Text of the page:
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Predisposition – Heredity

– Antigen-presenting cell/T-cell defect Obesity

Adipose tissue produces: – TNF-a, IL-6, IL-1b, PGE2 – Leptin Adiponectin => Modulation of immune cell function

+ Free fatty acids

Plasminogen activator inhibitor

– Serum amyloid A – CRP

– Fibrinogen Liver

=> acute phase reactants

Fibinogen Prothrombic state

Atherosclerotic vascular disease

All-cause mortality

Figure 1: Potential mechanisms for the association between psoriasis and comorbidities. CRP: C-reactive protein; IFN: interferon; IL: interleukin; TNF-a: tumour necrosis factor-a; PGE2: prostaglandin E2. Readapted and modified from Gottlieb et al 20082

a severe manifestation of psoriasis has been shown to shorten lifespan, according to studies.

Depression and quality of life In a case-control study of 3147 patients with psoriasis, who were matched for age and gender, and 3147 controls without psoriasis, psoriasis was associated with increased rates of depression (OR: 1.49; 95% CI: 1.20–1.86), stress-related disorders (OR: 1.41; 95% CI: 1.22–1.62), and behavioural disorders (OR: 1.58; 95% CI: 1.05–2.39).12

Consistently, in a

large questionnaire-based study of 2391 patients with psoriasis, symptoms of depression were reported by 62%.13 Studies were able to show that psoriasis is associated with profound psychiatric morbidity.


Studies have found a greater overall incidence of cancer among patients with psoriasis.2

For example, in a study of

6905 patients with psoriasis, the standardised incidence ratio for all malignancies was 1.4-times higher (95% CI: 1.21–1.51; p<0.05) than the general population, mainly due to cancer of the skin, lung, pharynx and larynx.14

to be more prevalent among psoriasis patients. In a large population-based cohort study that compared 153,197 patients with psoriasis to 765,950 corresponding subjects without psoriasis, an increased risk for all lymphomas (HR: 1.35; 95% CI: 1.17– 1.55), Hodgkin’s lymphoma (HR: 1.48; 95% CI: 1.05–2.08), and a substantial increased risk for cutaneous T-cell lymphoma (HR: 4.34; 95% CI: 2.89– 6.52) was observed in the patients with

“Studies have found a greater overall incidence of cancer among patients with psoriasis”

psoriasis.16 Other studies were also able

to find an increased risk for oral cavity, pharynx and neck malignancies, which could, however, be related to the higher rate of alcohol consumption and smoking in patients with psoriasis.2 Longer-term psoriasis and more severe disease may increase the risk of some cancers.2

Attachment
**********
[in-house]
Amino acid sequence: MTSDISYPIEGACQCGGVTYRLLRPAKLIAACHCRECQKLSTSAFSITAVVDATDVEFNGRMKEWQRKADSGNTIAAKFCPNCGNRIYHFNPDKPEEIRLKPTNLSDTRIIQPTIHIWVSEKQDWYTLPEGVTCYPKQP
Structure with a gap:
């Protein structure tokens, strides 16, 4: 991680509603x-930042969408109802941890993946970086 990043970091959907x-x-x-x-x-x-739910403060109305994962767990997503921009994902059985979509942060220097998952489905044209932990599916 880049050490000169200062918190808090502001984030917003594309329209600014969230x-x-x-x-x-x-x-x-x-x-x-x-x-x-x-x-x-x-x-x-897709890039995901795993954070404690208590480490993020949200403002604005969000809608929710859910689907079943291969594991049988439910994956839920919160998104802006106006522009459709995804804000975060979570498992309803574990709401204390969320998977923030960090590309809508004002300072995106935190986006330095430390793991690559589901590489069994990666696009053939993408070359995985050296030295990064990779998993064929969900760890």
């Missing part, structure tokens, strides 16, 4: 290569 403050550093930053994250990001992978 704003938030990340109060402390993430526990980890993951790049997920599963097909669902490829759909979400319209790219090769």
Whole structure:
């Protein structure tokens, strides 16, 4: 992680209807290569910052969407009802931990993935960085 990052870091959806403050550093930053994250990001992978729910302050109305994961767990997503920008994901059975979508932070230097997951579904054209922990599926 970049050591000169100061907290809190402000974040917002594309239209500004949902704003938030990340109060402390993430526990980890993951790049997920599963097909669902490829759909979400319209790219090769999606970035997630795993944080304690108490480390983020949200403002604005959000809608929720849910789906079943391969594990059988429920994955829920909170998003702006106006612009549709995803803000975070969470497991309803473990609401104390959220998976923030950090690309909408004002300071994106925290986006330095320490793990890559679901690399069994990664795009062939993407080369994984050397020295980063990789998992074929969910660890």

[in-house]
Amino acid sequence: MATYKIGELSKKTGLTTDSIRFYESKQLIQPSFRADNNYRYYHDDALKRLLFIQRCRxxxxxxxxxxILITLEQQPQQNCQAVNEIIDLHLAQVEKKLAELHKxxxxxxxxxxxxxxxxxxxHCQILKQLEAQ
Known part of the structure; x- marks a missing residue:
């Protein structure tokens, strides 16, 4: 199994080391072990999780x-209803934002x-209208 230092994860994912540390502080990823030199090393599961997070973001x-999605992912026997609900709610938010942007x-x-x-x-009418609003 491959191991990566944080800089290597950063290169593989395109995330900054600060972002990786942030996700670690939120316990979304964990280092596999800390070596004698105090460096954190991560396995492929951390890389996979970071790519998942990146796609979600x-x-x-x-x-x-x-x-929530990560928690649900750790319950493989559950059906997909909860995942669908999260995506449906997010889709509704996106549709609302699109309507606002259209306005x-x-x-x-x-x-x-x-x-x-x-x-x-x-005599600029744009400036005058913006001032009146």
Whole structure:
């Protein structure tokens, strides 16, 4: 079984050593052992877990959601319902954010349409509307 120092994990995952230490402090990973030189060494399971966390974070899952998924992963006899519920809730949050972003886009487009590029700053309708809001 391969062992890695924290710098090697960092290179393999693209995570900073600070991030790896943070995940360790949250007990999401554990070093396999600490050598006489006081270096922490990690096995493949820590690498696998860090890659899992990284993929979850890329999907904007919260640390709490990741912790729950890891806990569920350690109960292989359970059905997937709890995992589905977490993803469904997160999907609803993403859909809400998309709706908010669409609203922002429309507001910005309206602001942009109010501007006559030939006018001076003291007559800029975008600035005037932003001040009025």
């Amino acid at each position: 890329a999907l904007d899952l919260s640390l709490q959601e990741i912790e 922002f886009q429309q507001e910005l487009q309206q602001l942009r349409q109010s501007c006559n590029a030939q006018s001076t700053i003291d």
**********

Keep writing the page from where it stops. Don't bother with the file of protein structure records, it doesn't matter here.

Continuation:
population-based study found a slightly greater overall incidence of cancer among patients with psoriasis (incidence ratio 1.13, 95% CI: 1.02–1.24).15 Lymphomas have also been recognised

Taken together, patients with psoriasis seem to have a higher risk of cancer: especially skin cancer, cancer along the airway (lung, pharynx and larynx), and lymphomas. This could be due to either the effects of therapies, the

lifestyle factors (higher rate of smoking and alcohol consumption), or because of the psoriasis itself as a chronic inflammatory disease.

Lifestyle factors In some studies, patients with psoriasis showed approximately twice the risk of smoking cigarettes or alcohol misuse compared with the general population.2,10 There is evidence that smoking and alcohol misuse is more prevalent in psoriatic patients.

Potential mechanisms for comorbidities

The chronic systemic inflammatory state associated with psoriasis generates elevated proinflammatory cytokines and acts likely in concert in predisposing patients with psoriasis to increased risk of cardiometabolic diseases, cancer and probably also reduced life quality (depression, fatigue) (Figure 1). It is well known that excess adipose tissue produces proinflammatory cytokines and hormones, such as IL-1, IL-6, TNF-a, leptin, and free fatty acids. This plays a central role in the development of metabolic syndrome, by inducing metabolic changes including dyslipidaemia, and insulin resistance, which might also promote the chronic systemic inflammatory state associated with psoriasis. The proinflammatory cytokines and free fatty acids act on the HDL LDL TGI VLDL

Depression Fatigue

Quality of life

Chronic systemic inflammation (CRP, TNF-a, IL-6 leptin, adipoectin, etc)

Local and systemic proinflammatory state IFN-a, TNF-a and other type 1-cytokines in skin, joints and blood


– Immune factors – Environmental factors


Metabolic syndrome – Dyslipidaemia – Insulin resistant – Hypertension

Cancer Smoking, alcohol abuse


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